We've all come across it. Either someone we love has been taken in the grip of it, or perhaps we have been there ourselves. And while every situation is unique, one question is always uttered time and time again, by those nearest to us, or indeed by the voice in our head "How can such a smart woman be so stupid?"
This is not another article telling you that no man ever has a right to lay a hand on a woman. That no woman (or indeed person) should ever stay involved with someone who mentally, physically and / or emotionally abuses them and makes them feel worthless and afraid. And it is not another article telling those friends and family helplessly looking on how they should be supportive and allow a safe harbour for when the abused loved one finally sees the light.
No. This is the Uncommon Sense. Where I will tell it straight. Political correctness be damned, the cycle of dysfunction and damage stops here.
Let's say that your loved one is addicted to heroin. Or any drug. Or alcohol. Or gambling. Do you wait for that person to recognise that their depression, anxiety, self medication, self-destruction and addictive disease is out of hand? Or, do you hold an intervention? Do you present them with a mirror to the life they are running so desperately to hide from, and cut off the oxygen to their downward spiral? Tough love. Because sometimes we all need someone to step in front of us and say "Enough now."
So why, when the addiction presents itself as a woman addicted to a toxic relationship, do we stand by and wait? Why do we watch our beautiful sister, daughter, colleague, friend shrivel and die bit by bit before our eyes? Why do we not step in, stand in front of her and say "Enough. Enough now."
Because we as a whole do not understand it. We are baffled by how our intelligent, capable, beautiful, charismatic friend can not see the damage she is inflicting on herself. Yes, herself. It is undeniably abuse when the man in her life exerts any form of control over her from coercion, to guilt tactics, to manipulation, to abuse (both verbal and physical). But the bigger abuse here is the fact - she is choosing this. Every time she is physically bruised at his hand, and stays, - she is as much to blame for the situation. Every time she cancels plans because he's found a way to ruin something he knew she would enjoy, and she stays - she is equally to blame. And every time we as her friend see this, and make the decision of "well, I've said my piece but it's her life, what more can I do?" - we too are to blame.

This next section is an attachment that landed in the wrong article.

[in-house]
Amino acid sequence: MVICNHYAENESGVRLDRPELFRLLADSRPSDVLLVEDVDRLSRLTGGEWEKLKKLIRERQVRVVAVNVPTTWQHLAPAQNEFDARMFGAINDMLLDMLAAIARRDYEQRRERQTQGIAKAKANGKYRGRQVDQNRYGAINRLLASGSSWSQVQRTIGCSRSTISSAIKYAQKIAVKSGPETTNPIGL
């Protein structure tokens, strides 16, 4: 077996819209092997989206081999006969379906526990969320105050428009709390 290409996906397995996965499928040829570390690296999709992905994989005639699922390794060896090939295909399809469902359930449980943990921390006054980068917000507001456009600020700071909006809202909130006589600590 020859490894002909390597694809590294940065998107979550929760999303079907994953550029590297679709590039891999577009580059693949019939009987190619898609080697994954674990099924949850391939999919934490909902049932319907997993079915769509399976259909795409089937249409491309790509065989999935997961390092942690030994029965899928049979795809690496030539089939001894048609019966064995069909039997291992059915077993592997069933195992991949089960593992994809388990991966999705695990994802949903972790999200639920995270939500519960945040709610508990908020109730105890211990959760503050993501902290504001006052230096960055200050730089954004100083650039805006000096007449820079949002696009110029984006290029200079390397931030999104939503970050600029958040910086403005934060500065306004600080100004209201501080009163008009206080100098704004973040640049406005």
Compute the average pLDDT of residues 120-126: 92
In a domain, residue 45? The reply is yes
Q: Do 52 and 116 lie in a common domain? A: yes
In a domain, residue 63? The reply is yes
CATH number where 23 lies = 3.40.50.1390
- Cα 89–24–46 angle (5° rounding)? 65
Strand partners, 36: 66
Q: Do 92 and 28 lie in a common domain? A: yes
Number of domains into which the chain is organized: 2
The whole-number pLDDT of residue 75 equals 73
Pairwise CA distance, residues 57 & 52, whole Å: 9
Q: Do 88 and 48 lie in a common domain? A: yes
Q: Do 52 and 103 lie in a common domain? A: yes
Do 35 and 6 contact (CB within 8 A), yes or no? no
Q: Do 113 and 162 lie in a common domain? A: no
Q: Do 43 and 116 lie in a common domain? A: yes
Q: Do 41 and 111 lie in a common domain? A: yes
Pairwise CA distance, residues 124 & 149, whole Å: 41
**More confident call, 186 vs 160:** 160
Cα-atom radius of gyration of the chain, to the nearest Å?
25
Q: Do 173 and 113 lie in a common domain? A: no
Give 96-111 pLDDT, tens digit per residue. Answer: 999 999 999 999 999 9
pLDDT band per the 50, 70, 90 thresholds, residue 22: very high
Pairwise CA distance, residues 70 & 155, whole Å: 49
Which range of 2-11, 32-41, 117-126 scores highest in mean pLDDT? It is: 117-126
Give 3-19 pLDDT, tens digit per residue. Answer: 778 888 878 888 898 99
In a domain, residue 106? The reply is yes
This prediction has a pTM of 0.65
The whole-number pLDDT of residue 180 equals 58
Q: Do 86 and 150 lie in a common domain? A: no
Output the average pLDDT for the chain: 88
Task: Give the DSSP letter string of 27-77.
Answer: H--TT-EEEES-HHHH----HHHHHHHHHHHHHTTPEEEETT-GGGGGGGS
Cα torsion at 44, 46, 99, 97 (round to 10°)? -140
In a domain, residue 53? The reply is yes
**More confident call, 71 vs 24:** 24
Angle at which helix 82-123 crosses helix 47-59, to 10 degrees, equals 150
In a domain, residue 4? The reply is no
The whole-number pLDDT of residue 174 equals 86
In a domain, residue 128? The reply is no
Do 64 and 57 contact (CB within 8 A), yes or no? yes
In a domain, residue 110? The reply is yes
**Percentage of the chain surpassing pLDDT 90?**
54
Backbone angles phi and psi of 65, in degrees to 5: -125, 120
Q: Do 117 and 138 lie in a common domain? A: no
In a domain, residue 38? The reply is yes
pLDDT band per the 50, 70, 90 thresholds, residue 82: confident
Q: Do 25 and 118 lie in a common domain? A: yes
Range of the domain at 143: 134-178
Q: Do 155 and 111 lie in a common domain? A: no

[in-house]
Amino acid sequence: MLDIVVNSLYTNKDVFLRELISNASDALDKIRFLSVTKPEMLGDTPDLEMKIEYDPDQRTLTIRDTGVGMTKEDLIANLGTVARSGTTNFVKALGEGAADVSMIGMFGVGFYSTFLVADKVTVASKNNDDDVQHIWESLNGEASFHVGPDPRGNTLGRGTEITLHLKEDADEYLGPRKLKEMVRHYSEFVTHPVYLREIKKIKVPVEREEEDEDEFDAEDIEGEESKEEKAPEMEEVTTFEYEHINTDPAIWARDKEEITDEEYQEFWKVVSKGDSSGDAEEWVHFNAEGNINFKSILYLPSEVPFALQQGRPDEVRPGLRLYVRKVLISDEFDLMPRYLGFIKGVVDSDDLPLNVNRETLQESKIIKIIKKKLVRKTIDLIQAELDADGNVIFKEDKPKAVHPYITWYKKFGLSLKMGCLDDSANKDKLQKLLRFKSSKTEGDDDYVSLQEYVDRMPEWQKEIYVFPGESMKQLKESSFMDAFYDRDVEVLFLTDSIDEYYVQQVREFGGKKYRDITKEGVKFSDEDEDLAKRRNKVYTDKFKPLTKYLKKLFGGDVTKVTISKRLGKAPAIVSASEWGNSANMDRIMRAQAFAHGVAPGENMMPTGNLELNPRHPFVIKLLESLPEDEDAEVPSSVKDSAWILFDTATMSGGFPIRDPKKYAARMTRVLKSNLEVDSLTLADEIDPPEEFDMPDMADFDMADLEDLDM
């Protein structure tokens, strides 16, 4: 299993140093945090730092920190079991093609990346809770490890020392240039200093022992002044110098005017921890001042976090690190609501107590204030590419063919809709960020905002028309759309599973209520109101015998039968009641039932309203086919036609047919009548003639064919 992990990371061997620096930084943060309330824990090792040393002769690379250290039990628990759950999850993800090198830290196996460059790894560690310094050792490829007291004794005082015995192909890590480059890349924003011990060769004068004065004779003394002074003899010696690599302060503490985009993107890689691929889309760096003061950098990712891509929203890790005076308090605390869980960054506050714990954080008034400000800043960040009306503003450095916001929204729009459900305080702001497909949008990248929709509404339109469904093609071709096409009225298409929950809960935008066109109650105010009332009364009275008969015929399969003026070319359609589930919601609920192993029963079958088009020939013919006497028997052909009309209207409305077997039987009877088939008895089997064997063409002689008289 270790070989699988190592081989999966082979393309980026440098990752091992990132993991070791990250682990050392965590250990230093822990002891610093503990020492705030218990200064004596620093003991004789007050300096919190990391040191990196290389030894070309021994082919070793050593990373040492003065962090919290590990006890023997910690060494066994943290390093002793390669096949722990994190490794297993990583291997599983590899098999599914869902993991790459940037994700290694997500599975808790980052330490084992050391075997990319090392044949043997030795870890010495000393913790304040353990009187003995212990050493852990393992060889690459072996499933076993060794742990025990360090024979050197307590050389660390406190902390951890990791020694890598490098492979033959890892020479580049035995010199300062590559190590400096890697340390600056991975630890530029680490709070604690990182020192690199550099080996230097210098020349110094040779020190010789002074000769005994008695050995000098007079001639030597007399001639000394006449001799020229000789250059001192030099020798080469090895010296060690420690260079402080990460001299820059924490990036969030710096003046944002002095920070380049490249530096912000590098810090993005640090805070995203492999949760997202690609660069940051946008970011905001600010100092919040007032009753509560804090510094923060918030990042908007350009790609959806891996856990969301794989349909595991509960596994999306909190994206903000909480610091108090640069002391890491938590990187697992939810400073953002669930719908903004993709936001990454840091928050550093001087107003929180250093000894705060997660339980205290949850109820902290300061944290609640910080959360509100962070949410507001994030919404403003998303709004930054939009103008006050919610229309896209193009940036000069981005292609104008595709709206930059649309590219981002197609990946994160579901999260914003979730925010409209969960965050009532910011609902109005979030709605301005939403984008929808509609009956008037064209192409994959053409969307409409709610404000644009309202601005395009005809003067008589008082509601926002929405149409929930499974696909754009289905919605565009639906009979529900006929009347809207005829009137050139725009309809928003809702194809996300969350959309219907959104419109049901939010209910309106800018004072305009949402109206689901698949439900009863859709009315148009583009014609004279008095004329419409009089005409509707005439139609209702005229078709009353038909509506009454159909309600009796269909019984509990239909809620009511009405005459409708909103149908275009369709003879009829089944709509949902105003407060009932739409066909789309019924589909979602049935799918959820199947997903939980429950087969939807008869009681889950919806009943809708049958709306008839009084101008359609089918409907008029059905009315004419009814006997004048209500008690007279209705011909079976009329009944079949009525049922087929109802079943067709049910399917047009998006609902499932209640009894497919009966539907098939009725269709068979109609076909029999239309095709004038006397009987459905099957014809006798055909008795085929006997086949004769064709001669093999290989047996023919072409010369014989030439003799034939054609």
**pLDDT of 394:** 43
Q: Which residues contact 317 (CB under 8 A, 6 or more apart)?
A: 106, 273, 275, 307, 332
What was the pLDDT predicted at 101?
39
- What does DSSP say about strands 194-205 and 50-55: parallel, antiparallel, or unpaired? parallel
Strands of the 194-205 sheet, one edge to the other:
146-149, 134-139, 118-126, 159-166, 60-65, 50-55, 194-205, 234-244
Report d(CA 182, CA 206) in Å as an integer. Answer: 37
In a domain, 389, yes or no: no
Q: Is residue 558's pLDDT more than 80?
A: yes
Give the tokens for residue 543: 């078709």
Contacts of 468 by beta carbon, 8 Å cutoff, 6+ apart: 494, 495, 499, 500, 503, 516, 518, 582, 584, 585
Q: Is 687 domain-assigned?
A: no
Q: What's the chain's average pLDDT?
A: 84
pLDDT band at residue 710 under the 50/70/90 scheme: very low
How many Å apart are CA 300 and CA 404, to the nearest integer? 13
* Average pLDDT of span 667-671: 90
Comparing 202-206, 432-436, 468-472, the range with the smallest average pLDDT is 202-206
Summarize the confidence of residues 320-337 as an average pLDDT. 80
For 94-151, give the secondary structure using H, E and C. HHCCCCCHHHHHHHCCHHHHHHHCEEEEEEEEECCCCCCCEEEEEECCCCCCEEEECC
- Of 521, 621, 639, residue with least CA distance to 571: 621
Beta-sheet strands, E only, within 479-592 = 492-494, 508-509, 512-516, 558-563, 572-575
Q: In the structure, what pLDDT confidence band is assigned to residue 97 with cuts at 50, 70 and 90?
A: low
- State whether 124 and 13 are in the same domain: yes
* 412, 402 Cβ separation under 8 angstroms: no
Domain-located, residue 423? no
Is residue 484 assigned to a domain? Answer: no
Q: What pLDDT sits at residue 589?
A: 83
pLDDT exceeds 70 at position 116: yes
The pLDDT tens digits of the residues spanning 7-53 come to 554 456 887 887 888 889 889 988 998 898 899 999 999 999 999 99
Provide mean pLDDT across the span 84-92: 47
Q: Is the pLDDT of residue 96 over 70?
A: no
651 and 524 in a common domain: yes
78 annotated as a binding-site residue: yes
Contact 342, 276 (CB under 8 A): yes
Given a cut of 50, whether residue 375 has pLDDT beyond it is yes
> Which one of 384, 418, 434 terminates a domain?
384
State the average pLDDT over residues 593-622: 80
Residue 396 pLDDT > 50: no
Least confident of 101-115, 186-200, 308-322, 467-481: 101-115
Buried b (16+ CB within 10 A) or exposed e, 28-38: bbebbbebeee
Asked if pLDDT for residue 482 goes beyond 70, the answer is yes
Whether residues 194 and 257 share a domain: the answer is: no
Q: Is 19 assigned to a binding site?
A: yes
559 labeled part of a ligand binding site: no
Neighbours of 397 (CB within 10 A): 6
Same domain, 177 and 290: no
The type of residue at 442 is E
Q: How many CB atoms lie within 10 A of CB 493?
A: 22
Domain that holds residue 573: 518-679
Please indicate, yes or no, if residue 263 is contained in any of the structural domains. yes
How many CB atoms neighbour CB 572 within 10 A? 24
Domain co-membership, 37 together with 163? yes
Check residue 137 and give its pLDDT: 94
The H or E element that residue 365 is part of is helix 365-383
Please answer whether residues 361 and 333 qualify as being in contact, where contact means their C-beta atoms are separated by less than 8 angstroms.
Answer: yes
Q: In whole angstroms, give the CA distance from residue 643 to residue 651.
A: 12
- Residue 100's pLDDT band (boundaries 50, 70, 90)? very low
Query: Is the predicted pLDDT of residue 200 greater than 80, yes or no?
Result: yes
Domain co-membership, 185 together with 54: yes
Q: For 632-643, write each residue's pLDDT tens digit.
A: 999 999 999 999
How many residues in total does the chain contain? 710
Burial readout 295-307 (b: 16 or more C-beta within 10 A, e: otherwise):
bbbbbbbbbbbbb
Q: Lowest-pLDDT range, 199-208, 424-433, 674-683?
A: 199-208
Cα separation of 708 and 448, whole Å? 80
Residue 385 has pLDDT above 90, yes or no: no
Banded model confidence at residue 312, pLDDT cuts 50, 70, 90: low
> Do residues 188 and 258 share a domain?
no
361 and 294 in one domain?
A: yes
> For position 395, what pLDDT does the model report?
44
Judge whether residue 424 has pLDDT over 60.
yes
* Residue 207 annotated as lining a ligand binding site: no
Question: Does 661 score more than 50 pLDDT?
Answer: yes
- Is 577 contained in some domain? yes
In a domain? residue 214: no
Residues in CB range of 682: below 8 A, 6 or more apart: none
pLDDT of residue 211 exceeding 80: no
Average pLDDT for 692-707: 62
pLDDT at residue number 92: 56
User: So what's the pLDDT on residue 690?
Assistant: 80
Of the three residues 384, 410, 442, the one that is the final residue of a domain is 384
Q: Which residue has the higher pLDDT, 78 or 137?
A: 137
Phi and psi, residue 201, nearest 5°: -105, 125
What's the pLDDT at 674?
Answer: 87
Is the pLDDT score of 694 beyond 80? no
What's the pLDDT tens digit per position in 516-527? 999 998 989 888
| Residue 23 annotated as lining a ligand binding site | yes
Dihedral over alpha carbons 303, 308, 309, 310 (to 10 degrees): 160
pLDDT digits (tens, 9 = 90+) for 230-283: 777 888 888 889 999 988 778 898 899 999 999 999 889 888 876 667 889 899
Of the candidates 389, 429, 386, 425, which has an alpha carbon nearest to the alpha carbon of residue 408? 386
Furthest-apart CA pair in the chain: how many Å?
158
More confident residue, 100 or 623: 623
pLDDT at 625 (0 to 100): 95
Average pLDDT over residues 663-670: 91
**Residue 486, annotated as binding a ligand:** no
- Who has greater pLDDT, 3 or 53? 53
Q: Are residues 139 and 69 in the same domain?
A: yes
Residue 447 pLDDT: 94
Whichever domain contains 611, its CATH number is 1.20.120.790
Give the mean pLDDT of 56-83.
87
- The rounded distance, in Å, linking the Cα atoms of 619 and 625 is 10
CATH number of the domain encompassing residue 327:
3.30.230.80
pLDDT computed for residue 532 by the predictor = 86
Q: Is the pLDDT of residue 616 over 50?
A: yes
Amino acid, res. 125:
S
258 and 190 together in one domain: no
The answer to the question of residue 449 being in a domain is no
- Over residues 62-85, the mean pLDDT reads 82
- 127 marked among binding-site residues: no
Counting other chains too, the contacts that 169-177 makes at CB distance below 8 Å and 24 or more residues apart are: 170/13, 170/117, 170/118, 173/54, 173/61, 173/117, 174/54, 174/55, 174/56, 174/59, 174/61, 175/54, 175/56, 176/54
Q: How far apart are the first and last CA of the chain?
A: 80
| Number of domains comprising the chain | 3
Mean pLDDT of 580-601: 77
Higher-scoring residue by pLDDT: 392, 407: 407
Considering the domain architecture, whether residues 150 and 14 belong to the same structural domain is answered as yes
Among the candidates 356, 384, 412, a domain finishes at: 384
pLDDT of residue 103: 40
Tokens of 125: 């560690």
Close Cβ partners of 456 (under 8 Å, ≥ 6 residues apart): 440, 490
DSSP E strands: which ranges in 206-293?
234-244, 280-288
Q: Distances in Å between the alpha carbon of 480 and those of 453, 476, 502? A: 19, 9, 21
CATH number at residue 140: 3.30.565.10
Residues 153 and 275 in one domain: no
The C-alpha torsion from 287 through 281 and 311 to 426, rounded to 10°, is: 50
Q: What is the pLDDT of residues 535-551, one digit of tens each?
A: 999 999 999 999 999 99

So why do we do it? Because we don't understand the dynamics of what is going on.
So why does she do it? Because - the Uncommon Sense fact is - she is getting something from it.
Why does he do it? Well we could list a multitude of personality disorders here from Narcissistic Personality Disorders, Bipolar... but whats the point? Bottom line is that someone is either able to function in society or they are not. Let's leave the diagnosis to the hopefully eventual professionals that may treat them. And let's just agree that abusive people have one aim - control. Their insecurity will never allow them to accept they have this loving woman, so they will tell themselves everything from "she can't be trusted", to "she is a fool" and will then set out to prove this (to themselves predominantly, but if they can convince others all the better). Any way they can exert power over her, will make them feel temporarily sated, because for that brief moment, she isn't a better (read: stronger) person than him, and by bringing her down, he feels momentarily taller. Then, he loses respect for her, which again elevates him to a higher position.